Local foundation program officers and NPO leaders are excited about having SOMEONE at the reins of the McKnight Foundation. And most folks feel Ms. Allen is a great choice – someone who can lead the Metro philanthropic community back to its old nationally innovative and risk-taking ways. Personally, I think the Allen-Nicholson combo will be fun to watch. My contacts at her old joint, the Skillman Foundation, have great things to say about her.

A lot of expectations. Here’s to Tonya’s success!

At the same time as we’re welcoming new leaders, we’re watching the departure of one of Minnesota’s iconic nonprofit leaders, Jon Pratt. He was founding ED of the Minnesota Council of Nonprofits and director of the original Philanthropy Project that conducted the first surveys of Minnesota foundations giving to women, BIPOC, and folks with low income. Although the surveys took place in the mid-1980s, they continue to affect local community-foundation power relations.

While some nonprofit trade associations in other states are rightfully known as “councils of non-content,” Jon and his folks showed how nonprofit trade associations can truly produce great things for their members and for all of us.

But Jon’s not going away. He’s going back to his original love –research as an MCN Research Fellow.

INTERESTING JOBS BOARD

William and Flora Hewlett Foundation is looking or a Director of Effective Philanthropy.
Tory Burch Foundation (the purse lady) needs a Programs Manager. Big on women’s business support.
George Family Foundation is looking or a new president (deadline 3/15). Good foundation owned by two interesting philanthropists – Bill and Penny George. The new president will be a big part of the foundation’s remodeling, and perhaps will be part of planning for the post-Bill and Penny era. BTW, last year the foundation granted nearly $1 million, the largest amount in its history.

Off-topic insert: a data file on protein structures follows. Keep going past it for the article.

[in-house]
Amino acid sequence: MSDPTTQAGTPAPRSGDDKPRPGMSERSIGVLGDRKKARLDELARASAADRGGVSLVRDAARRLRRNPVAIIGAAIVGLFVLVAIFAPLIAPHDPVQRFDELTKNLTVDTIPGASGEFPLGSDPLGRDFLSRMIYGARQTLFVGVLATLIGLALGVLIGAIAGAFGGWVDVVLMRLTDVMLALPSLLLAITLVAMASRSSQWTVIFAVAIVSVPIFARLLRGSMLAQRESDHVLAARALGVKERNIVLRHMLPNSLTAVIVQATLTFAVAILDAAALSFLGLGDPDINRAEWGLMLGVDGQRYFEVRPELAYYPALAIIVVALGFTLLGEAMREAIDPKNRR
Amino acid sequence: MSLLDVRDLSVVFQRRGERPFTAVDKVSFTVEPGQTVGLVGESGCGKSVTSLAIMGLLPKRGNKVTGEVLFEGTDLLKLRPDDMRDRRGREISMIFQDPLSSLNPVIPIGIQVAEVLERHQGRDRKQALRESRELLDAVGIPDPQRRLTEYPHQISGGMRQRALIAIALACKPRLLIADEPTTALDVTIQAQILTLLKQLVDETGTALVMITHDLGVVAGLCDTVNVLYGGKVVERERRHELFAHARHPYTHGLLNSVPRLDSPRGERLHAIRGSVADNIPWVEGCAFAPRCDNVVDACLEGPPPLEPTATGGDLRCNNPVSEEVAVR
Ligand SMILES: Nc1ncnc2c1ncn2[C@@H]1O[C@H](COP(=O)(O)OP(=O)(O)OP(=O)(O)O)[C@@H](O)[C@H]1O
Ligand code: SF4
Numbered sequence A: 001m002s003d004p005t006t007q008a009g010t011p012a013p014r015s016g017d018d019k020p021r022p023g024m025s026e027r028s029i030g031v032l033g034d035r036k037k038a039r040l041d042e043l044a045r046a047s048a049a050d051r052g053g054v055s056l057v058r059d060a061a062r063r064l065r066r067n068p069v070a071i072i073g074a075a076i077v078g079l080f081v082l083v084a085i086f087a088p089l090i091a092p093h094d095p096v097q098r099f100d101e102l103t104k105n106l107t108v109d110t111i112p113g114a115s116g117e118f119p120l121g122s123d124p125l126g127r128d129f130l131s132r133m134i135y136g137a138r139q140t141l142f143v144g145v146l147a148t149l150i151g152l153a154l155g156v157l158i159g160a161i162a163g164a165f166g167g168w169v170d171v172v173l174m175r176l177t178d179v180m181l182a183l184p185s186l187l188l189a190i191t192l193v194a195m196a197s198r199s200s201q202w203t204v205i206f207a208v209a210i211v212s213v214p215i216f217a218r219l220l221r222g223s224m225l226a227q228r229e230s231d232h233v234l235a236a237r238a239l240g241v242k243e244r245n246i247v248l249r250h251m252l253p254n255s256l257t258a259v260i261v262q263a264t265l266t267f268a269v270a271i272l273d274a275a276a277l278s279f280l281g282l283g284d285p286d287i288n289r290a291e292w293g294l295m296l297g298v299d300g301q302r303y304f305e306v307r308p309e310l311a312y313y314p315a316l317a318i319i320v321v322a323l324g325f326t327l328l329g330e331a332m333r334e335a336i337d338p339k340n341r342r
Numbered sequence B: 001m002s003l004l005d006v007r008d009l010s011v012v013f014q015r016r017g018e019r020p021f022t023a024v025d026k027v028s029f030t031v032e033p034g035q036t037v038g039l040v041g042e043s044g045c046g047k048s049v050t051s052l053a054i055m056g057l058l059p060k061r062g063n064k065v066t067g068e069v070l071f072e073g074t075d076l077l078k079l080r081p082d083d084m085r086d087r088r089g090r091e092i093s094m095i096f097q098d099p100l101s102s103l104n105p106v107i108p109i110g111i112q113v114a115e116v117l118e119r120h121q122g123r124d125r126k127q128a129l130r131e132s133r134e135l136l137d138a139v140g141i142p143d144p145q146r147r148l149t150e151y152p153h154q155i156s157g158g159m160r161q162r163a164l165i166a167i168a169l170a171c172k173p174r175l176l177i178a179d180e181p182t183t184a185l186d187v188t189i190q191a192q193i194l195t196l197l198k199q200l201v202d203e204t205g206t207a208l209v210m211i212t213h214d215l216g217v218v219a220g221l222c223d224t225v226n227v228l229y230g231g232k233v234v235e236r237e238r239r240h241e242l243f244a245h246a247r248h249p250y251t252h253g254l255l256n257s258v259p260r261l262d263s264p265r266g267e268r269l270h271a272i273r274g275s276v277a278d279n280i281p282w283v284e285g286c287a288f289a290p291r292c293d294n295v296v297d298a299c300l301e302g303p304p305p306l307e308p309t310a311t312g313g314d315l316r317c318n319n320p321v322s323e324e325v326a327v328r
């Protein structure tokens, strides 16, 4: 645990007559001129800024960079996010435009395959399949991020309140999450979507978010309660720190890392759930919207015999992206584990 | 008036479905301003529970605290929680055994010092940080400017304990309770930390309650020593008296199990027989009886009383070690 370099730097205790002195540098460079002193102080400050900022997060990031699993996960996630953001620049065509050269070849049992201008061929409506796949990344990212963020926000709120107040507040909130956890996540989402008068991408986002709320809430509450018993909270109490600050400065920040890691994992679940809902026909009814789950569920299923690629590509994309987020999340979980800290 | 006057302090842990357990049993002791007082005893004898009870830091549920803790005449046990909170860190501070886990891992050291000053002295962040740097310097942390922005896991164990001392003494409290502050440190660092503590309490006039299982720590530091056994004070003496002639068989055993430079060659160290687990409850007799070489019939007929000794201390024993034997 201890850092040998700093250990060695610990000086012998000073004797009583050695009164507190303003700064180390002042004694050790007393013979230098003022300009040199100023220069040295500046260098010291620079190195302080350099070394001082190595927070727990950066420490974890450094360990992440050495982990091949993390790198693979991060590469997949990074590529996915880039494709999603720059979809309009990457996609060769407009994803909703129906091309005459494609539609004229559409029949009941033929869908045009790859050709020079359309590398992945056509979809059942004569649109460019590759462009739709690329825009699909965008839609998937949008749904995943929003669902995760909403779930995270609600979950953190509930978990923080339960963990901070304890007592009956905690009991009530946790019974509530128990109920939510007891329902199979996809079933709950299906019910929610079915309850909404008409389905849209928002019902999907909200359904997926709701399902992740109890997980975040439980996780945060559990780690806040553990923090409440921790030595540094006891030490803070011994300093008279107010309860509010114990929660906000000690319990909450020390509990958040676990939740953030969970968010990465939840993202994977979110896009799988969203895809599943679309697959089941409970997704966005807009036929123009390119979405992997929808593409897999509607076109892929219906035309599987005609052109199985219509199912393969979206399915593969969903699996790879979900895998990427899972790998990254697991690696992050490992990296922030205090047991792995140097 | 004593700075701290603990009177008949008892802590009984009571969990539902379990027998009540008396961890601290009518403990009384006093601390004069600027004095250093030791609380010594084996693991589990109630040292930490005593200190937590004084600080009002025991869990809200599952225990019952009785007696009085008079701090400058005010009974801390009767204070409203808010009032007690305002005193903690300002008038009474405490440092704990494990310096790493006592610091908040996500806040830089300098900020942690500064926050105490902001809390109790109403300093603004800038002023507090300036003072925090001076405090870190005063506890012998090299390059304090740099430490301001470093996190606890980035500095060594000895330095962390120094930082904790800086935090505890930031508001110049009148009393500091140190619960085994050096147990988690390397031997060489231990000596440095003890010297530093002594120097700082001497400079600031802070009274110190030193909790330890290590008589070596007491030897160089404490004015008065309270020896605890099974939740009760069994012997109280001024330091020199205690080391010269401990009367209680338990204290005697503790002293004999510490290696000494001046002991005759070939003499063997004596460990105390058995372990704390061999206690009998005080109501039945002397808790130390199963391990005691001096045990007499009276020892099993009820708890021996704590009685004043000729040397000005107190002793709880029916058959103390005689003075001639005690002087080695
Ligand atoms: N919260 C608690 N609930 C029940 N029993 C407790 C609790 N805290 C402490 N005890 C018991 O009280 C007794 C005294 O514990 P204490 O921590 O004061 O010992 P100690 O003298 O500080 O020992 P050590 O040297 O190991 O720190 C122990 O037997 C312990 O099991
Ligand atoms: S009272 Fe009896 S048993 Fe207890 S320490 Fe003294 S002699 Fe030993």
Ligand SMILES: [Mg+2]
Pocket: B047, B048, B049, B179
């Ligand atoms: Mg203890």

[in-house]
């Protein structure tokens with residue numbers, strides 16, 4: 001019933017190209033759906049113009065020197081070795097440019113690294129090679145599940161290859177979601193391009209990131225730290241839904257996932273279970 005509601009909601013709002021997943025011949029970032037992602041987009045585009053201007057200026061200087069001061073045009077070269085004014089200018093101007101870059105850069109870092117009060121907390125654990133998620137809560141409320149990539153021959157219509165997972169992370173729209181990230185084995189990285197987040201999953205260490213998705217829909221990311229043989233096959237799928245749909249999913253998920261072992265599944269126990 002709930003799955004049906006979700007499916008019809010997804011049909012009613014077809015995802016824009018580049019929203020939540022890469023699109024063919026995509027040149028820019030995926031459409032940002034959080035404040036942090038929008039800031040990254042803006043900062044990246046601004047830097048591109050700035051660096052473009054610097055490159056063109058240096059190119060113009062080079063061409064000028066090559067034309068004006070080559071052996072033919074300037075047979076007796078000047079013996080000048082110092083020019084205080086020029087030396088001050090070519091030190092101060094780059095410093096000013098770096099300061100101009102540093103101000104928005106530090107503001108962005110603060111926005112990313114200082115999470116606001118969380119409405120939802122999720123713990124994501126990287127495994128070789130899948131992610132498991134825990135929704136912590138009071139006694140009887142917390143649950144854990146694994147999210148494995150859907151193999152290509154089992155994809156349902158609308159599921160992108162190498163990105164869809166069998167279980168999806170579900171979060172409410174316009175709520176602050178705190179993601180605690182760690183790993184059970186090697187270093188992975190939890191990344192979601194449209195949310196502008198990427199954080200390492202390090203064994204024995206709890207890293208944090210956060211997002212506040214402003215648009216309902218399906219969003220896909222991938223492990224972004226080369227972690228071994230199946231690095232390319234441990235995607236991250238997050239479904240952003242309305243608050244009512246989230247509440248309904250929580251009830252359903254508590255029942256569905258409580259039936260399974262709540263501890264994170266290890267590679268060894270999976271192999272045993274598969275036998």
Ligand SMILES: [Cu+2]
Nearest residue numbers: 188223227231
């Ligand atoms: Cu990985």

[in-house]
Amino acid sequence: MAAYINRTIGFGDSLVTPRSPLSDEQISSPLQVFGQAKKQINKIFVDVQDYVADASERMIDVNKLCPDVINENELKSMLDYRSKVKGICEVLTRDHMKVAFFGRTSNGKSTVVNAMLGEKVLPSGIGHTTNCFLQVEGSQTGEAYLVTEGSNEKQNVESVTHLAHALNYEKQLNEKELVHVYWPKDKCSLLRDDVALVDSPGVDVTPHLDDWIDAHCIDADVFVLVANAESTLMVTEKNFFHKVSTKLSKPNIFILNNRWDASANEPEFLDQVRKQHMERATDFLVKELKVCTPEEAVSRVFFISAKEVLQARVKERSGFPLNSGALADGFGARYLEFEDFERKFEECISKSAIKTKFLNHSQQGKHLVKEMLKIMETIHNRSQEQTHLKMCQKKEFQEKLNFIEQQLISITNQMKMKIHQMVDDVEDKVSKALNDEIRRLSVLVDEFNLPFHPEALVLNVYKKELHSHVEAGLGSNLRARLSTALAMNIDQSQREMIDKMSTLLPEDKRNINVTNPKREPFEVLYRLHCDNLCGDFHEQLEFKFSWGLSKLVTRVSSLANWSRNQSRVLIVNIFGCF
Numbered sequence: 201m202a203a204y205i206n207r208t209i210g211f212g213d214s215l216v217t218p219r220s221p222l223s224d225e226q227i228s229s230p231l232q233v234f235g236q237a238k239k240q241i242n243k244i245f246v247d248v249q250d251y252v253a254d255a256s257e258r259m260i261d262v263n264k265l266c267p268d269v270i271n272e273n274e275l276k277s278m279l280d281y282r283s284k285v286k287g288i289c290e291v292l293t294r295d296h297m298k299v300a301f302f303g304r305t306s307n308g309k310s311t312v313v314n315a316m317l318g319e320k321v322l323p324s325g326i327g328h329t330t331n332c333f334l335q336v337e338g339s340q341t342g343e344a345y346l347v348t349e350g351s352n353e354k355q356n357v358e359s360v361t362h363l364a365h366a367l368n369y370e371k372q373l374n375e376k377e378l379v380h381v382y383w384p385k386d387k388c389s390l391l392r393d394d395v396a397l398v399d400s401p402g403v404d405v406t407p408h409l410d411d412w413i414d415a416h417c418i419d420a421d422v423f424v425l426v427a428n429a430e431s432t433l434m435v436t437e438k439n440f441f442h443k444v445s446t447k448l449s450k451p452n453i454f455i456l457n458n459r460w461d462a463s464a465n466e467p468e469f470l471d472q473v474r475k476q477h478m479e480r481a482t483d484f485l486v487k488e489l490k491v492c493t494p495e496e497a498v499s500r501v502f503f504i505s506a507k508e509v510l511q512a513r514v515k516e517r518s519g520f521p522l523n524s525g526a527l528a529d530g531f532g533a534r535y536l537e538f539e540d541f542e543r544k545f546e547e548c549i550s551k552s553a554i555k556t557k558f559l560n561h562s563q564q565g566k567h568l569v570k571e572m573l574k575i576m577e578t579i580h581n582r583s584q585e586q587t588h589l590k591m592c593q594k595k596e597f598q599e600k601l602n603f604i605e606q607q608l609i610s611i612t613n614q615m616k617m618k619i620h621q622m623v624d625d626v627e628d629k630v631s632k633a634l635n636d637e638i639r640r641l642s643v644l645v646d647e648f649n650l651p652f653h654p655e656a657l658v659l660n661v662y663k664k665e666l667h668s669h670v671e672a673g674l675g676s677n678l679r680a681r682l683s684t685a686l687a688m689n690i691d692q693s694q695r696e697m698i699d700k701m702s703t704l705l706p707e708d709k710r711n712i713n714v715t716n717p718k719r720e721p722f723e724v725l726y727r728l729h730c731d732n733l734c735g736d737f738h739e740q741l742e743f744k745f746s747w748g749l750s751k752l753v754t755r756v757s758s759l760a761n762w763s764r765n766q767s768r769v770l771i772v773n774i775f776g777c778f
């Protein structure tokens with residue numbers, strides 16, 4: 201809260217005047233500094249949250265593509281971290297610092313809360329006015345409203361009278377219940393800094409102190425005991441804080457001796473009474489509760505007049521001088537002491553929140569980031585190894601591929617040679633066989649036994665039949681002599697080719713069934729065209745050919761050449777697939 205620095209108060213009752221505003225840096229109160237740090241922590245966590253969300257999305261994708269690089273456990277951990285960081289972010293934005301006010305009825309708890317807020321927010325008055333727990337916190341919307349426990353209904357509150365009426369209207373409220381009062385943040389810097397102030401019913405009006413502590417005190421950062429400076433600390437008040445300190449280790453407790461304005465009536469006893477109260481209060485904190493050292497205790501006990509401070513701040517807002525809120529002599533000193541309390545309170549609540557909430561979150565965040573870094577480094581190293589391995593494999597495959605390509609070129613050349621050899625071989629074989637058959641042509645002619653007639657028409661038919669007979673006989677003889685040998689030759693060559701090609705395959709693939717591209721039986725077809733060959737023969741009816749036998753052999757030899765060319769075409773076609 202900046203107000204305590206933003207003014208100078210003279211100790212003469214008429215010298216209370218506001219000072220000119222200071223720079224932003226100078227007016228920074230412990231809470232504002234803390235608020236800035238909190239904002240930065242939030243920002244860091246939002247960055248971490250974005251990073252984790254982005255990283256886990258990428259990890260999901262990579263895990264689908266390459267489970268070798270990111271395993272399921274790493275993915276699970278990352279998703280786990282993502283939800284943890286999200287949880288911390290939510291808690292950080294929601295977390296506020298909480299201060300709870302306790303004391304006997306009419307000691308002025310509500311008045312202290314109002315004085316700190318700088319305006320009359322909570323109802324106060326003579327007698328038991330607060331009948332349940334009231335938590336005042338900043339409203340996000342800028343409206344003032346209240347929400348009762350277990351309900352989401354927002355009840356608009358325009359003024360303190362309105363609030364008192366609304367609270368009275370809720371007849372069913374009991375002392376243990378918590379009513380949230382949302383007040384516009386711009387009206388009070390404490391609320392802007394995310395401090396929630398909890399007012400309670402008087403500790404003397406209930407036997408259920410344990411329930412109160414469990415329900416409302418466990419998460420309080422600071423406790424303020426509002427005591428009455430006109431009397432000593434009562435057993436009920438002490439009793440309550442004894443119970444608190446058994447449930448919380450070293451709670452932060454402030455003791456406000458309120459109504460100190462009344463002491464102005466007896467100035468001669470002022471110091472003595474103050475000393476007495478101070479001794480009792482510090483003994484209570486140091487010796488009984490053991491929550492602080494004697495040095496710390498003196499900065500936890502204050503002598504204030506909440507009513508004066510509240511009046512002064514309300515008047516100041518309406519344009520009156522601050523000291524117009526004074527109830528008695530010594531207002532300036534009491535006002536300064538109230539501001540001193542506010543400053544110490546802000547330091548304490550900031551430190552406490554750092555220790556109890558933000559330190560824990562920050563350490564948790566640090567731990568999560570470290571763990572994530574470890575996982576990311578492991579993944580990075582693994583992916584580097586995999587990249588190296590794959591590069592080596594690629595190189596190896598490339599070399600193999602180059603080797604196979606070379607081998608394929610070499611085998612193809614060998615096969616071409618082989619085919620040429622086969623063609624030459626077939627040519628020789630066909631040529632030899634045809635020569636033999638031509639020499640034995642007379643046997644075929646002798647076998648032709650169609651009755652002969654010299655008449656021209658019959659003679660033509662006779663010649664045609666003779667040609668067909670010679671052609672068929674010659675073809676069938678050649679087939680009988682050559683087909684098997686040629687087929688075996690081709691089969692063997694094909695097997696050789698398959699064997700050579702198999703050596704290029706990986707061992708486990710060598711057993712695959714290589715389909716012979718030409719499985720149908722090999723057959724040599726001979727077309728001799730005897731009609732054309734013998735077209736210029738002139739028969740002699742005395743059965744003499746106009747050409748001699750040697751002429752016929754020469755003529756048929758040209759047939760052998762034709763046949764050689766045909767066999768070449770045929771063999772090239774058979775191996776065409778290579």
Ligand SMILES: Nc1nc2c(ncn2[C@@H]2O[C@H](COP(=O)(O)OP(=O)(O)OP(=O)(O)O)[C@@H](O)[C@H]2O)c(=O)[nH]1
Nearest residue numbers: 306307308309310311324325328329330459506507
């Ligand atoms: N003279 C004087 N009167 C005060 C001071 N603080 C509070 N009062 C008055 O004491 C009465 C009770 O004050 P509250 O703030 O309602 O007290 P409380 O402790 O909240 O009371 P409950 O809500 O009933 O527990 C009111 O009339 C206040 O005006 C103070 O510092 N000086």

Fidelity Foundation needs a new Senior Research and Evaluation Officer. Interested in working for one of the largest donor advised funds in the country?

Foundation for Puerto Rico needs a Development Director. Based in NYC.
Eleanor Crook Foundation needs a Policy Director. A new and growing DC-based funder focused on children’s malnutrition worldwide. This is philanthropy, not fundraising.

Carroll Petrie Foundation needs both a Grants Manager and an Animals Program Officer, primarily working in New Mexico and the American Southwest. $13 million in giving for animals.

Levi Strauss Foundation is looking for a new Executive Director. One of the best corporate giving programs around, and one of the best low –income and immigrant funders.

Catholic Community Foundation of San Diego needs a new CEO. Lots of sailors, marines, and vets in San Diego, where it’s 70 degrees in March. Look out your window and think about that.

FUNDER NEWS

Lots of changes these days. It’s been our mantra for 20 years, but CHECK WITH THE FUNDER BEFORE YOU WRITE. If you can’t talk to the funder, talk to us (steve@accessphilanthropy.com).

Ciresi Walburn Foundation for Children: If you hire a public policy wonk as your first ED, we expect you’ll engage in public policy. Ciresi Walburn’s ED and former MINNCAN president, Daniel Sellers, is doing just that, helping the Foundation move more into public advocacy field – and not just billboards. Check the website. BTW, the foundation reports it will continue to grant $2 million or more this year.

U.S. Bank Community Possible: “In 2021, we are switching to an invitation-only grant application; moving away from three payout cycles, and instead making quarterly payouts to provide funding when it is needed most.”
Travelers Insurance Foundation: New deadlines. Cycle 1: February 8, 2021 – Culturally Enriched Communities Grantees. Cycle 2: April 5, 2021 – Academic & Career Success Grantees. Cycle 3: September 13, 2021 – Thriving Neighborhood Grantees.

The Walton Family Foundation has a new 5-year, $2 billion strategic plan. The three priorities remain the same (rivers/waters, K-12 reform, and NW Arkansas), but the “how” has changed, with very clear priorities. New “how and “who” examples: “Support for community leaders who are using market demand for sustainably produced products to improve agricultural practices and fisheries management;” “ elevating the voices of those affected by water policies;” “engage & empower diverse allies;” and “supporting entrepreneurs and innovators.”

Craig Newmark Philanthropies (Craig’s List) is also shifting priorities, including nationally-focused journalism, food, voter protection/registration, women in tech (no startups, please), vets, and families
Annie E. Casey Foundation is shifting emphasis to “Thrive by 25,” funding more young people AND YOUNG ADULTS (mid-teens to 24 years old). Annie isn’t giving up on families and children, but has decided that young adults are worth more focus.

CONSISTENCY WITH NATIONAL FUNDING TREND